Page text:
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September 14, 1956

Lewis W. KNECHT, Administrator of the Estate of William J. Knecht, Deceased,

The opinion of the court was delivered by: CLARY

This is an action brought by the plaintiff, Lewis W. Knecht, Administrator of the Estate of William J. Knecht, deceased, against the United States to recover damages for the wrongful death of William J. Knecht, a member of the United States Air Force. Suit was instituted pursuant to the provisions of the Federal Tort Claims Act of 1948, as amended, 28 U.S.C.A. § 1346(b). The case was tried to the Court, sitting without a jury, on May 8, 1956. Plaintiff has submitted Requested Findings of Fact Nos. 1 to 20, inclusive, in which Requests the United States has joined. These Requests detail the facts of the case and the Court adopts as its Findings of Fact the aforesaid Requested Findings of Fact Nos. 1 to 20, inclusive. Briefly summarized the facts are as follows:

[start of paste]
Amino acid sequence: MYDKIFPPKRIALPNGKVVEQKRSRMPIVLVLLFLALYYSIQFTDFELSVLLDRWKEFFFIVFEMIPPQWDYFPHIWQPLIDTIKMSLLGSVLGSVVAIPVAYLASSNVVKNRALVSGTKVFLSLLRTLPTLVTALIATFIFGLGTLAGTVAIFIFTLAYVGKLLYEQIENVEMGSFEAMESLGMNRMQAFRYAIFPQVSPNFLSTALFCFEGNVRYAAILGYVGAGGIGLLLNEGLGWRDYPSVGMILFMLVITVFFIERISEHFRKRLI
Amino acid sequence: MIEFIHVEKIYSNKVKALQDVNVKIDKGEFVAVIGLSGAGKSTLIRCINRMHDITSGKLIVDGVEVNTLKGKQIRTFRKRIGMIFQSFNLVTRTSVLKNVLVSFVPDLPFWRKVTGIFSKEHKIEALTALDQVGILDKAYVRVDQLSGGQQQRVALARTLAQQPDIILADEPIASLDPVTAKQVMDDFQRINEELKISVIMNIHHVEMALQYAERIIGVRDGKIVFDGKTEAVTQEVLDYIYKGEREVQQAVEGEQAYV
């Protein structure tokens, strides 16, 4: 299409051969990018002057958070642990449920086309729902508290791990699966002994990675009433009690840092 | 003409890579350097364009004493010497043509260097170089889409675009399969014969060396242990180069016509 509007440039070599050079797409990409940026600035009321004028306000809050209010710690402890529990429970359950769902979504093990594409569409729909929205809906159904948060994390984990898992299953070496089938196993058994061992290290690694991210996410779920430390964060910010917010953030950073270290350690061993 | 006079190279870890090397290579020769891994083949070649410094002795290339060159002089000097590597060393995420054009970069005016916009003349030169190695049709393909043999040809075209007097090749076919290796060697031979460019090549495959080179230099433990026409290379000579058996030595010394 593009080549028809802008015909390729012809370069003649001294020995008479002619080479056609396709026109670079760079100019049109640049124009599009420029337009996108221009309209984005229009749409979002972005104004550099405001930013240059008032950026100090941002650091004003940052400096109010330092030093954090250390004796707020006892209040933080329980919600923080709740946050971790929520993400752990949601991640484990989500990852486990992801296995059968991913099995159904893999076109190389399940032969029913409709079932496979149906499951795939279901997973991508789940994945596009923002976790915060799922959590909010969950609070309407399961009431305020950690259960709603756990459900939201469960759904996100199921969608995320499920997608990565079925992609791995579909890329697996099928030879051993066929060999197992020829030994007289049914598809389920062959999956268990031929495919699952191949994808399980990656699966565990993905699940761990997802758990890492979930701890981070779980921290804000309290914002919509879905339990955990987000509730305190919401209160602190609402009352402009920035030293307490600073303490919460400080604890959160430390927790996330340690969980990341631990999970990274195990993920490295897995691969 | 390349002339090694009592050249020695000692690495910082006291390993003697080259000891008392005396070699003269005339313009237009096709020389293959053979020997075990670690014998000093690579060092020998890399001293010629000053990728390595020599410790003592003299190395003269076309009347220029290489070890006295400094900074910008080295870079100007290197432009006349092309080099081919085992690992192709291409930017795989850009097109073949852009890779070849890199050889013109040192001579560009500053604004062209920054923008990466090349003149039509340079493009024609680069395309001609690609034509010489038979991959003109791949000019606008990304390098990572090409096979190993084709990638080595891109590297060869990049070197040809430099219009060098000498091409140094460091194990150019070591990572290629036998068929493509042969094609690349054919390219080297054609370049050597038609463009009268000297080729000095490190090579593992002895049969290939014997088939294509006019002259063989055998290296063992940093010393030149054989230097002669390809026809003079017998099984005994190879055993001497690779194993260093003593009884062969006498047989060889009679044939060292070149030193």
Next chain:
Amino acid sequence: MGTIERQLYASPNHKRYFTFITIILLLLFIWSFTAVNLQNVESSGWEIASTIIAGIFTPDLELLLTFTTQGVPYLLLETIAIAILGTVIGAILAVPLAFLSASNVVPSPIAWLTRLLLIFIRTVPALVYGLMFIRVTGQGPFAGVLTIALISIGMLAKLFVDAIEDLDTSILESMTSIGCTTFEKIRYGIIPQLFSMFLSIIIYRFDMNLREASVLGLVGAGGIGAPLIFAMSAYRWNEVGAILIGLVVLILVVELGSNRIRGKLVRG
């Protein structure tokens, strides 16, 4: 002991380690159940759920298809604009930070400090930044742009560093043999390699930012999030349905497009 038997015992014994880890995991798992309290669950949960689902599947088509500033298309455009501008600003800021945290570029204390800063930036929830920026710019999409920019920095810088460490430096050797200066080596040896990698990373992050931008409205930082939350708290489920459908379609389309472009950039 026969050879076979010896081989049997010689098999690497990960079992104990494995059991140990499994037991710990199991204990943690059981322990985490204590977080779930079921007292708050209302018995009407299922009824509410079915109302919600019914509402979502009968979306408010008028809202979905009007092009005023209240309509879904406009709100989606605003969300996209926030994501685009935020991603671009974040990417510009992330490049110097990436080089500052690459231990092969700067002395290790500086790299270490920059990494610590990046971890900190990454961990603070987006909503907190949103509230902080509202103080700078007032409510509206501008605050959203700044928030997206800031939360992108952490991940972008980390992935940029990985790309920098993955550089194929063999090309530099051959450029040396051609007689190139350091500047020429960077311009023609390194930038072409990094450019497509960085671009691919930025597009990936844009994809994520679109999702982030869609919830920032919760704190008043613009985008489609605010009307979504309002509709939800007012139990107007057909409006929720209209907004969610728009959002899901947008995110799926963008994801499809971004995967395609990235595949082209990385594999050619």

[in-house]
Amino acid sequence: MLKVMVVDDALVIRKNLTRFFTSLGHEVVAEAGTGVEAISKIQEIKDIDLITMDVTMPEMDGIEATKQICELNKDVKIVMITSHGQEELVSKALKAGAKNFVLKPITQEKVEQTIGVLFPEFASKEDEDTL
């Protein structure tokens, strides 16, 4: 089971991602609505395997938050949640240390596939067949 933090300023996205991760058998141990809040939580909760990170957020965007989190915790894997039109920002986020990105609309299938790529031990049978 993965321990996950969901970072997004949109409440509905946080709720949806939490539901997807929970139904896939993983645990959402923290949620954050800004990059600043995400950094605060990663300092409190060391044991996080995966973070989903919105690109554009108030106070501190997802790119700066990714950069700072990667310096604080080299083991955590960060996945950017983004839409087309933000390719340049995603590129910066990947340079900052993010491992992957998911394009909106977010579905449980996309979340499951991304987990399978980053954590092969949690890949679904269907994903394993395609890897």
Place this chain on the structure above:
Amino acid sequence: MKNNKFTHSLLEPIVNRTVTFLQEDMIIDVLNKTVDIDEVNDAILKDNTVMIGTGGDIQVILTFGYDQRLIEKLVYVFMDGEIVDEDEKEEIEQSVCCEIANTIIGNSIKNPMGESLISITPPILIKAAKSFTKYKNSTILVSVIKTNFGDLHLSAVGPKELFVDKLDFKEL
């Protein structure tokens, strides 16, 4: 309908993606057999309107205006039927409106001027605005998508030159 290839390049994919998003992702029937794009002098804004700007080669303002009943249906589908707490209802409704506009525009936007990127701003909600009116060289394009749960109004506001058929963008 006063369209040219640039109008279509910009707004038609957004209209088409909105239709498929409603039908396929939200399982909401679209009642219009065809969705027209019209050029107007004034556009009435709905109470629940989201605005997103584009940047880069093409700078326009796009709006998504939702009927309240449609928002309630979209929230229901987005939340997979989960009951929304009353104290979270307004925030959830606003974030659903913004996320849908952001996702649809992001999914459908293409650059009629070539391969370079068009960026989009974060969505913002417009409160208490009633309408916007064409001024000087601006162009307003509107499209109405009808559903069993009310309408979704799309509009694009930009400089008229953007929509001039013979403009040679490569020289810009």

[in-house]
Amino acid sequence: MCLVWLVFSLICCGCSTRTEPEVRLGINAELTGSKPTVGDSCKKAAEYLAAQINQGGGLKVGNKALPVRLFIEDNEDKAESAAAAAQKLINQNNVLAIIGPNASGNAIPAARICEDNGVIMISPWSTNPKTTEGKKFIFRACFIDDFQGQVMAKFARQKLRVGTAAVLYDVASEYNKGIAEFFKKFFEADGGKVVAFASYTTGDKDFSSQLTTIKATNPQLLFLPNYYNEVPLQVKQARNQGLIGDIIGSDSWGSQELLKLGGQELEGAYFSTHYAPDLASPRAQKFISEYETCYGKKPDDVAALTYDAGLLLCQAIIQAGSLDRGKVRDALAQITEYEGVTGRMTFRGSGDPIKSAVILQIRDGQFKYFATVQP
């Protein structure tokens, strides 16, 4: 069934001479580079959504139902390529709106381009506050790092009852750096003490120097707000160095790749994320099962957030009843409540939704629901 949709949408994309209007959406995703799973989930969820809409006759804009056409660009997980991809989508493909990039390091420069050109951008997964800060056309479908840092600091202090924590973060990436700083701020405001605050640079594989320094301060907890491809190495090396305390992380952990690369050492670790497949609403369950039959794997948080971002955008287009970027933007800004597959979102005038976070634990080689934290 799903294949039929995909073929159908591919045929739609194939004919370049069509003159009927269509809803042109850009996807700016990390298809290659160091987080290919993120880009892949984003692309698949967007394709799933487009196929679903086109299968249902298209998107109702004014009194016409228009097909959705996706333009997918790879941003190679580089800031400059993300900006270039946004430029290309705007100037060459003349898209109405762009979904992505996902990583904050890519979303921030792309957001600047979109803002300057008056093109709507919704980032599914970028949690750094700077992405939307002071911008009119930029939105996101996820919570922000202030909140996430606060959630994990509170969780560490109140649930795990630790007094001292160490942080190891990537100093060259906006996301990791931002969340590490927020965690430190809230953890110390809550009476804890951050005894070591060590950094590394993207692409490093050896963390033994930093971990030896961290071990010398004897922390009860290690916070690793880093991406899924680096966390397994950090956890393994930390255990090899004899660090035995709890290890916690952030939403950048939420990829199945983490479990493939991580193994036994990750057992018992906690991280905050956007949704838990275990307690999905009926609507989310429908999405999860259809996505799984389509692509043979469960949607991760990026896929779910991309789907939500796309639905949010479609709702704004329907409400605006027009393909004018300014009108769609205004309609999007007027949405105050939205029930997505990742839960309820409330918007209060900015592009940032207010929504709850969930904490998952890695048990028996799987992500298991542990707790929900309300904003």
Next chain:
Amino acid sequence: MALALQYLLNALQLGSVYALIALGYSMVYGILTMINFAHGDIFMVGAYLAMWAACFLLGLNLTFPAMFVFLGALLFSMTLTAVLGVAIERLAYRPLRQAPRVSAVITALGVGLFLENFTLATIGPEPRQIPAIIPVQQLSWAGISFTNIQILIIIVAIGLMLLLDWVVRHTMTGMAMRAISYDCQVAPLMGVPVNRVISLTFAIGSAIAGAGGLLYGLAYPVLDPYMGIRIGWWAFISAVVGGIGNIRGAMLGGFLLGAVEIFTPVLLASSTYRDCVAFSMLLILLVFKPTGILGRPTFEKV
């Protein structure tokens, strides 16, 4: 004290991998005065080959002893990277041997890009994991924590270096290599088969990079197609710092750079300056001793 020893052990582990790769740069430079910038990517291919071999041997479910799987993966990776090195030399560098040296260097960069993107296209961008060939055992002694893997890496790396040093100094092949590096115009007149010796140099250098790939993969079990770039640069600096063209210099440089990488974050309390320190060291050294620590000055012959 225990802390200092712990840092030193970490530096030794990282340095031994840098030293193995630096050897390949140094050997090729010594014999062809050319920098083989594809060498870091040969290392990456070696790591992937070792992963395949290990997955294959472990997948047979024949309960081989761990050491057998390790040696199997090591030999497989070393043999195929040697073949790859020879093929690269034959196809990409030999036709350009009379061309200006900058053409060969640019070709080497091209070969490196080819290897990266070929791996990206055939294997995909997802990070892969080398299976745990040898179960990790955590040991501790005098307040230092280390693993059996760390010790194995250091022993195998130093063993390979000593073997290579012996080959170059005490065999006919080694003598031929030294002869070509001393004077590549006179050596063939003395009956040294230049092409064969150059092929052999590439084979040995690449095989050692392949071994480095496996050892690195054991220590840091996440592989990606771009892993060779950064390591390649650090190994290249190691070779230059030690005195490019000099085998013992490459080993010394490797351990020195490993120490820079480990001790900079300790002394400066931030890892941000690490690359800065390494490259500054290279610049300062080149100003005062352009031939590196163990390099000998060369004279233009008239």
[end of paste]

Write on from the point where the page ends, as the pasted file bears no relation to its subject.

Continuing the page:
William J. Knecht, Airman 3rd Class, 23 years of age, with a reasonable life expectancy of 43.88 years, on duty with the 5010th Installations Squadron, Eielson Air Force Base, Alaska, on October 18, 1953, was issued an official pass which allowed him to be absent from the said Air Force Base from 1700 hours on October 18, 1953, to 0800 hours on October 19, 1953 (5 P.M. of October 18, 1953 to 8 A.M. of October 19, 1953). After 5 P.M. of October 18, 1953, Knecht left the Base, in company with a fellow airman James J. O'Donnell, using as means of transportation a 1950 Chevrolet Sedan privately owned by Airman O'Donnell. On October 19, 1953, at or about 3:15 A.M., with O'Donnell driving and Knecht as a passenger, both dressed in civilian clothes, the Chevrolet was traveling in a southerly direction on the Richardson Highway, a road leading from Fairbanks, Alaska, to Eielson Air Force Base. The Chevrolet had reached a point some seven miles from the Base when it collided with a five ton truck and trailer, owned and operated by the United States Government. The Government was moving a Quonset Hut along the Richardson Highway which at that point was 22 feet in width with a gravel shoulder on each side of 2 1/2 feet. The highway has a yellow line running down the center of the black top dividing it into two 11 foot lanes. The Quonset Hut, centered on the truck-trailer, was being transported from Eielson Air Force Base to Ladd Air Force Base. The truck was traveling north on the Richardson Highway toward Fairbanks. The Quonset Hut, 15 feet wide and 40 feet long, extended well into the southbound lane and carried no clearance lights, red flares or flags, as required by the law of Alaska. In addition, the truck-trailer carrying the Quonset Hut had defective headlights in that the low beam was not working and the high beam was so adjusted as to throw a dazzling glare of light into the eyes of an oncoming driver which prevented him from seeing any of the tow. The laws of Alaska also require that in a movement of this type a pilot car precede the movement equipped with warning devices and that a guard be put at the rear, plus adequate clearance lights on the bulky object. The pilot car in this case was a jeep equipped only with a white flashlight, the batteries of which were admittedly weak. Driving southward, in his own lane, Airman O'Donnell struck the overhang of the Quonset Hut shearing off the entire top of the Chevrolet which traveled under the building nearly its entire length, killing both airmen instantly.